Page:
2022 Grant Recipients

About the JustX Faculty Grants Program

Winners of the 2023-2024 JustX Faculty Grants Program for Dartmouth faculty have been announced for one-year projects. The Neukom Institute received $100K in total requests and awarded $60K of financial support with an additional combination of programming support from Research Computing and the Neukom Scholars program.

Dartmouth College faculty including the undergraduate, graduate, and professional schools were eligible to apply for these competitive grants.


* indicates an award that is partnered with assistance from Dartmouth College Research Computing.

+ indicates an award that is partnered with an RA provided through the Scholars program.

Psychological and Brain Sciences

Emily Finn

Don't Fence Me in: Defensive Storytelling to Subvert Partisan Stereotypes Encoded in Networked Knowledge Structures

Emily Finn

Emily Finn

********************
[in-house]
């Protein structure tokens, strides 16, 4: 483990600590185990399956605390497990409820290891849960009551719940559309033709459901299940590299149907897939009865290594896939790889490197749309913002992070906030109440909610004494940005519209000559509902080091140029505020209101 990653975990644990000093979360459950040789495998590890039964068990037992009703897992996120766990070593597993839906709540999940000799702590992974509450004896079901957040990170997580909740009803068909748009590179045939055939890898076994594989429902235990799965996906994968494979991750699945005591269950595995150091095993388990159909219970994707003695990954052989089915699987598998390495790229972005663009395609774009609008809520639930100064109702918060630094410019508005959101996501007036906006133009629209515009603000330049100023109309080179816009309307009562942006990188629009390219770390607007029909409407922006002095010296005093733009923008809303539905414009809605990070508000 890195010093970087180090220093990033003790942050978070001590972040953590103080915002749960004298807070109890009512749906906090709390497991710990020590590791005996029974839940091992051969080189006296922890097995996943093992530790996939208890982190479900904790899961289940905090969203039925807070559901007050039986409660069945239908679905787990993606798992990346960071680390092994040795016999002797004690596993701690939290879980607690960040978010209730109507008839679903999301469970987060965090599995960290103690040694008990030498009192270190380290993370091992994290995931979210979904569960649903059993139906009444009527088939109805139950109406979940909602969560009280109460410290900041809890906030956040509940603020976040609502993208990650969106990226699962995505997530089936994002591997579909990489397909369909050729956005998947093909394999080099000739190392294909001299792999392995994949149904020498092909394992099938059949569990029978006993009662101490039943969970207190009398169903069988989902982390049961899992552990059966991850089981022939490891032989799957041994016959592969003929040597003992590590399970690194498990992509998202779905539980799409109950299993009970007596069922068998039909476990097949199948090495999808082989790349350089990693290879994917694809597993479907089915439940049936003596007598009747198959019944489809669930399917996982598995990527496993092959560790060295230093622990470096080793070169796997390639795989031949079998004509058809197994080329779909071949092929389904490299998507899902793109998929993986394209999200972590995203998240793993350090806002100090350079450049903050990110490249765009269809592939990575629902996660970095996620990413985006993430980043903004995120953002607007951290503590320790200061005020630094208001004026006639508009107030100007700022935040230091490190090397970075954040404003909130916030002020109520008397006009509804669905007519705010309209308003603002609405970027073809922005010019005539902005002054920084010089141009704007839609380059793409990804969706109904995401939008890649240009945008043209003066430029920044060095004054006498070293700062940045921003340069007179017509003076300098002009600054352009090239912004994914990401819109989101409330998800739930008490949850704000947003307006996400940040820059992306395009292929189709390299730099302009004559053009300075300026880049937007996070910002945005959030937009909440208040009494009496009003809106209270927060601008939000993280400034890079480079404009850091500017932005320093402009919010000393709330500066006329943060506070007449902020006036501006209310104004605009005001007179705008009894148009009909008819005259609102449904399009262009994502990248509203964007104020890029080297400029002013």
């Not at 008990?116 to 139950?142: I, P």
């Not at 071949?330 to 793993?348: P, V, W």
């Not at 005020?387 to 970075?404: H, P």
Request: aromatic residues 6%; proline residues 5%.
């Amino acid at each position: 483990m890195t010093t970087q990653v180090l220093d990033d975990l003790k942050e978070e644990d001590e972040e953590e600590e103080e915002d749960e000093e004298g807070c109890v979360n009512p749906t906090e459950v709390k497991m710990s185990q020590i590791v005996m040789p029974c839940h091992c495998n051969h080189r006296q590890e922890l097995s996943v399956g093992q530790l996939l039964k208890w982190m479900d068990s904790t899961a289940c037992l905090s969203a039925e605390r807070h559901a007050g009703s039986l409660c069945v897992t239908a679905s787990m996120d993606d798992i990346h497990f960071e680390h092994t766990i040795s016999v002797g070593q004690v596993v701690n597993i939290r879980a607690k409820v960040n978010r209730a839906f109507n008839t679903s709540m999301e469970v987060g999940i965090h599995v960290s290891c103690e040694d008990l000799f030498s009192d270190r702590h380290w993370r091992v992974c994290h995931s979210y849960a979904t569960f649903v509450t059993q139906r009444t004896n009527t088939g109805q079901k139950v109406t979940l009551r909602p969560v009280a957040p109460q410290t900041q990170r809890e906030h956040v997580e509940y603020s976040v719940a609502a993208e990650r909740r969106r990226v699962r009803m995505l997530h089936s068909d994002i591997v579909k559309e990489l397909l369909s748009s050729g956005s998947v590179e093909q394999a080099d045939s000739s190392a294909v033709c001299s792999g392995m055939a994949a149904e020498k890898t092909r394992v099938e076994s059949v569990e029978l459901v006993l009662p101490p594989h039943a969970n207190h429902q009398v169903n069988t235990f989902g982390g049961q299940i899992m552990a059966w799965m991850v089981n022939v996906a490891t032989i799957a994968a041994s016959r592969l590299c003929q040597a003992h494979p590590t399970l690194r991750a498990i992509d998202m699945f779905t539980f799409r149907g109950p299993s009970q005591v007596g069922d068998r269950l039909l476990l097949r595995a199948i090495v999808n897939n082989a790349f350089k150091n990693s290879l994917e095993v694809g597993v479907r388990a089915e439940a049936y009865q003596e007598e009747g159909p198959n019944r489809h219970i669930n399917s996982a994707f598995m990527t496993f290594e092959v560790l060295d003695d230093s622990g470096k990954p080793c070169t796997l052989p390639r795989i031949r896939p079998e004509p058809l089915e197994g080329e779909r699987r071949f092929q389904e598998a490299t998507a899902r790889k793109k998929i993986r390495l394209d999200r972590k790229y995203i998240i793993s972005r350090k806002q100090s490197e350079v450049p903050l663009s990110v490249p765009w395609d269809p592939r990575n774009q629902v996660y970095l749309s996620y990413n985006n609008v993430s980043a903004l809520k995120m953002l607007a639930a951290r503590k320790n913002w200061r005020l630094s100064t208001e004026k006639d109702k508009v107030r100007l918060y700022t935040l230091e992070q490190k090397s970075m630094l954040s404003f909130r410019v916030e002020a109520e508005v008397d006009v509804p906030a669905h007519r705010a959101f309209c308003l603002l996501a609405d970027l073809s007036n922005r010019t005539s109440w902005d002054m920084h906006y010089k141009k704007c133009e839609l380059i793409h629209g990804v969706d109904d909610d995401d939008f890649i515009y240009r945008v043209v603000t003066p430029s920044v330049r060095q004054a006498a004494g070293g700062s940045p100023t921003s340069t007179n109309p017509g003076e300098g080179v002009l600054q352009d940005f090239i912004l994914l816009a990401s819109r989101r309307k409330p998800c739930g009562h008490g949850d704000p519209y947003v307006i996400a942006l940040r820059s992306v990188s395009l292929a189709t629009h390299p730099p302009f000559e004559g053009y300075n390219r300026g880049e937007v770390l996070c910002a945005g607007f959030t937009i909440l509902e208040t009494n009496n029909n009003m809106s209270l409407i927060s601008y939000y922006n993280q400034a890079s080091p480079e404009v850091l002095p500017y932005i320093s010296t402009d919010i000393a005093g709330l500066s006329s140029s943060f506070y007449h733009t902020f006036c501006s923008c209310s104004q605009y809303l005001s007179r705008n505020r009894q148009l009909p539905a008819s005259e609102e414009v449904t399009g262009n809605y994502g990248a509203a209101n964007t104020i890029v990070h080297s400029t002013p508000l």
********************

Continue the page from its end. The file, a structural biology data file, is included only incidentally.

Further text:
In our age of political polarization, conversations across party lines can be difficult. A fundamental source of this difficulty is negative stereotypes associated with different political identities. In order to better understand how storytelling strategies can alternately reinforce or help overcome these stereotypes, we will build computational models of cross-political conversations in two different, but related contexts. First, we will use dynamic graphs to model how passive observers of the same real-world stimulus, a televised presidential debate, arrive at divergent politically-motivated interpretations of events through engagement with different communication networks on Twitter. Second, we will use agent-based modeling and natural language processing to explore how people use their understanding of these stereotypes in one-on-one conversations, during which they play a generative role in shaping the content, to engage in defensive storytelling – sharing stories about their lives to preemptively defuse others' politically-informed assumptions. Together, these lines of inquiry will expand our understanding of how political stereotypes operate in the larger social world and inform strategies for developing mutual understanding across party lines.